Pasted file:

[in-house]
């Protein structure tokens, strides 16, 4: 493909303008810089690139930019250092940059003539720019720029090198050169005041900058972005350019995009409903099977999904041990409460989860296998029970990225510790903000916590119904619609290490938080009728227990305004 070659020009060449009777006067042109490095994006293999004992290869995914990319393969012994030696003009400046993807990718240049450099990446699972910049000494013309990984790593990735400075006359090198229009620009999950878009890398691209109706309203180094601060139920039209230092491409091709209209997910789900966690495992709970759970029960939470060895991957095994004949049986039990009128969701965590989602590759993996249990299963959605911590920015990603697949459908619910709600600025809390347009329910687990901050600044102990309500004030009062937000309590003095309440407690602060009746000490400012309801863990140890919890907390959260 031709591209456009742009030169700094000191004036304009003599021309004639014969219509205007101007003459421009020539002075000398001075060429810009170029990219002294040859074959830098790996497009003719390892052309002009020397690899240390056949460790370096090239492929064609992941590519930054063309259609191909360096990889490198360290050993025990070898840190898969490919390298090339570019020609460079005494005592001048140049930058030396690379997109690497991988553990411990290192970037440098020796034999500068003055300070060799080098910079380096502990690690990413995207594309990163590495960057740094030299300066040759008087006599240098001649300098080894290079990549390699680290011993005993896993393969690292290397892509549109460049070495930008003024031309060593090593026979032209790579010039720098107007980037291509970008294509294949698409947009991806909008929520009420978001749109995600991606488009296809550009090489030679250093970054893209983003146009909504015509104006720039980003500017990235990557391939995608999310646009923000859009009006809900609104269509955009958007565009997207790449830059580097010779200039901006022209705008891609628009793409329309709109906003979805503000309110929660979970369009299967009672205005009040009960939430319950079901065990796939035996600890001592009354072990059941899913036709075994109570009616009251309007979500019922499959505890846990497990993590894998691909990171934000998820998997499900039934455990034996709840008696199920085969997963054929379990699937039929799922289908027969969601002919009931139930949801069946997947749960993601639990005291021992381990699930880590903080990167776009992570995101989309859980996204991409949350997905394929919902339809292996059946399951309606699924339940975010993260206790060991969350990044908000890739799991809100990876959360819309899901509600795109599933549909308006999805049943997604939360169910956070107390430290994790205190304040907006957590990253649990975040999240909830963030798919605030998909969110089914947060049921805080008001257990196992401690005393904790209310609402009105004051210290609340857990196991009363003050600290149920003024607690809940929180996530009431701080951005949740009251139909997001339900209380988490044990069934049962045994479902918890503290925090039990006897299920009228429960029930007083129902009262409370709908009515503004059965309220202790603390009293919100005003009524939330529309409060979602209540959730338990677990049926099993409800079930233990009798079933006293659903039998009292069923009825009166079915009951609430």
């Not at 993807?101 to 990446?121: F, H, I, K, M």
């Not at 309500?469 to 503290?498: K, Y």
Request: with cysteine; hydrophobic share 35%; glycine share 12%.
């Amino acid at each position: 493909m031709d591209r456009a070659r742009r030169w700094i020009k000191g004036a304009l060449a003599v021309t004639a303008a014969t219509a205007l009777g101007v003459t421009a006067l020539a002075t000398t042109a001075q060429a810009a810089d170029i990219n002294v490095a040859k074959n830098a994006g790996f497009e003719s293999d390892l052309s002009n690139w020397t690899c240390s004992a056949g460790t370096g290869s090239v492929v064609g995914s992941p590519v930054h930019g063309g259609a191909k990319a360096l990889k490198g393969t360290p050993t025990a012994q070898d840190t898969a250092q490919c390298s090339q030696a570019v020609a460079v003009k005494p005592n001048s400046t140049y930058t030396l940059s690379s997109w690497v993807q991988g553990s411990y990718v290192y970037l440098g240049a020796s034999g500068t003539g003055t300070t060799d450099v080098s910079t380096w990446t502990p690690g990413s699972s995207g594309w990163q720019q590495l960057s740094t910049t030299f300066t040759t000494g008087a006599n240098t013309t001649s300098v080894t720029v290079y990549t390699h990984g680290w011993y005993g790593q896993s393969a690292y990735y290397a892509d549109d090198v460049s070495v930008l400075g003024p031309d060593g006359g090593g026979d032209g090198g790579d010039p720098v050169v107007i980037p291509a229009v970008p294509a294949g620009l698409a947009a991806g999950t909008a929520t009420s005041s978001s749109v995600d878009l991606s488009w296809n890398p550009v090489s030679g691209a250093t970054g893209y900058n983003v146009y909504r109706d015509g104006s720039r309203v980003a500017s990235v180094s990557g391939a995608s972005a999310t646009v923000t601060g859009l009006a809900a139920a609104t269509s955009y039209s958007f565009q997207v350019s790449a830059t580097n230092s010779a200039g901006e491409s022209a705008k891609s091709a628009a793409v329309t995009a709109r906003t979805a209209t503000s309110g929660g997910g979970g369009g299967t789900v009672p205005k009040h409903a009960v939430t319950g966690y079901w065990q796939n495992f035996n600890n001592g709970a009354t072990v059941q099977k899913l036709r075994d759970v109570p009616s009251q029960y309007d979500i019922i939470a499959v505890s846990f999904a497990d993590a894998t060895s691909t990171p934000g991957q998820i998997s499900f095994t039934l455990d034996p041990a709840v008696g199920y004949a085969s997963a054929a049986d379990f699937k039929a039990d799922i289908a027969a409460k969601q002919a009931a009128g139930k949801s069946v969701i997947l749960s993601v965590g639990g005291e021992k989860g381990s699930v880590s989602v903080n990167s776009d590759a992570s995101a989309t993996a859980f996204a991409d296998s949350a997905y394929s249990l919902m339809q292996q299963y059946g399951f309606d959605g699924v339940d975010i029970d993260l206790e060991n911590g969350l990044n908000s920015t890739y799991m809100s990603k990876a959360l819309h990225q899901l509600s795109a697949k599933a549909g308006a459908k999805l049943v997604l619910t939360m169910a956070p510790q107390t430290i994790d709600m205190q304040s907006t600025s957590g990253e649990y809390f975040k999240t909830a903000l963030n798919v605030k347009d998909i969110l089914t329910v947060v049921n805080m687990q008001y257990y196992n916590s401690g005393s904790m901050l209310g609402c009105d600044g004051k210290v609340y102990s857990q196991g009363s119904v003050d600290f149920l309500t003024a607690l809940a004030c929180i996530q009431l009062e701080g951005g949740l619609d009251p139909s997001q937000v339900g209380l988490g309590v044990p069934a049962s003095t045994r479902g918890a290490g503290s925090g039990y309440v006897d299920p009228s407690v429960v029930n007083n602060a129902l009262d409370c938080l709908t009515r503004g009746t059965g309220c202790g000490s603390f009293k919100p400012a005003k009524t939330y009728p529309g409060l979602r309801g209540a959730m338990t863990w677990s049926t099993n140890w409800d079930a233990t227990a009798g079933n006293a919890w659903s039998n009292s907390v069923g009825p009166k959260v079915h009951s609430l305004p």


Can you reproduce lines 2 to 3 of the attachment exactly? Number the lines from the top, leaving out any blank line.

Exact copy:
């Protein structure tokens, strides 16, 4: 493909303008810089690139930019250092940059003539720019720029090198050169005041900058972005350019995009409903099977999904041990409460989860296998029970990225510790903000916590119904619609290490938080009728227990305004 070659020009060449009777006067042109490095994006293999004992290869995914990319393969012994030696003009400046993807990718240049450099990446699972910049000494013309990984790593990735400075006359090198229009620009999950878009890398691209109706309203180094601060139920039209230092491409091709209209997910789900966690495992709970759970029960939470060895991957095994004949049986039990009128969701965590989602590759993996249990299963959605911590920015990603697949459908619910709600600025809390347009329910687990901050600044102990309500004030009062937000309590003095309440407690602060009746000490400012309801863990140890919890907390959260 031709591209456009742009030169700094000191004036304009003599021309004639014969219509205007101007003459421009020539002075000398001075060429810009170029990219002294040859074959830098790996497009003719390892052309002009020397690899240390056949460790370096090239492929064609992941590519930054063309259609191909360096990889490198360290050993025990070898840190898969490919390298090339570019020609460079005494005592001048140049930058030396690379997109690497991988553990411990290192970037440098020796034999500068003055300070060799080098910079380096502990690690990413995207594309990163590495960057740094030299300066040759008087006599240098001649300098080894290079990549390699680290011993005993896993393969690292290397892509549109460049070495930008003024031309060593090593026979032209790579010039720098107007980037291509970008294509294949698409947009991806909008929520009420978001749109995600991606488009296809550009090489030679250093970054893209983003146009909504015509104006720039980003500017990235990557391939995608999310646009923000859009009006809900609104269509955009958007565009997207790449830059580097010779200039901006022209705008891609628009793409329309709109906003979805503000309110929660979970369009299967009672205005009040009960939430319950079901065990796939035996600890001592009354072990059941899913036709075994109570009616009251309007979500019922499959505890846990497990993590894998691909990171934000998820998997499900039934455990034996709840008696199920085969997963054929379990699937039929799922289908027969969601002919009931139930949801069946997947749960993601639990005291021992381990699930880590903080990167776009992570995101989309859980996204991409949350997905394929919902339809292996059946399951309606699924339940975010993260206790060991969350990044908000890739799991809100990876959360819309899901509600795109599933549909308006999805049943997604939360169910956070107390430290994790205190304040907006957590990253649990975040999240909830963030798919605030998909969110089914947060049921805080008001257990196992401690005393904790209310609402009105004051210290609340857990196991009363003050600290149920003024607690809940929180996530009431701080951005949740009251139909997001339900209380988490044990069934049962045994479902918890503290925090039990006897299920009228429960029930007083129902009262409370709908009515503004059965309220202790603390009293919100005003009524939330529309409060979602209540959730338990677990049926099993409800079930233990009798079933006293659903039998009292069923009825009166079915009951609430």
């Not at 993807?101 to 990446?121: F, H, I, K, M």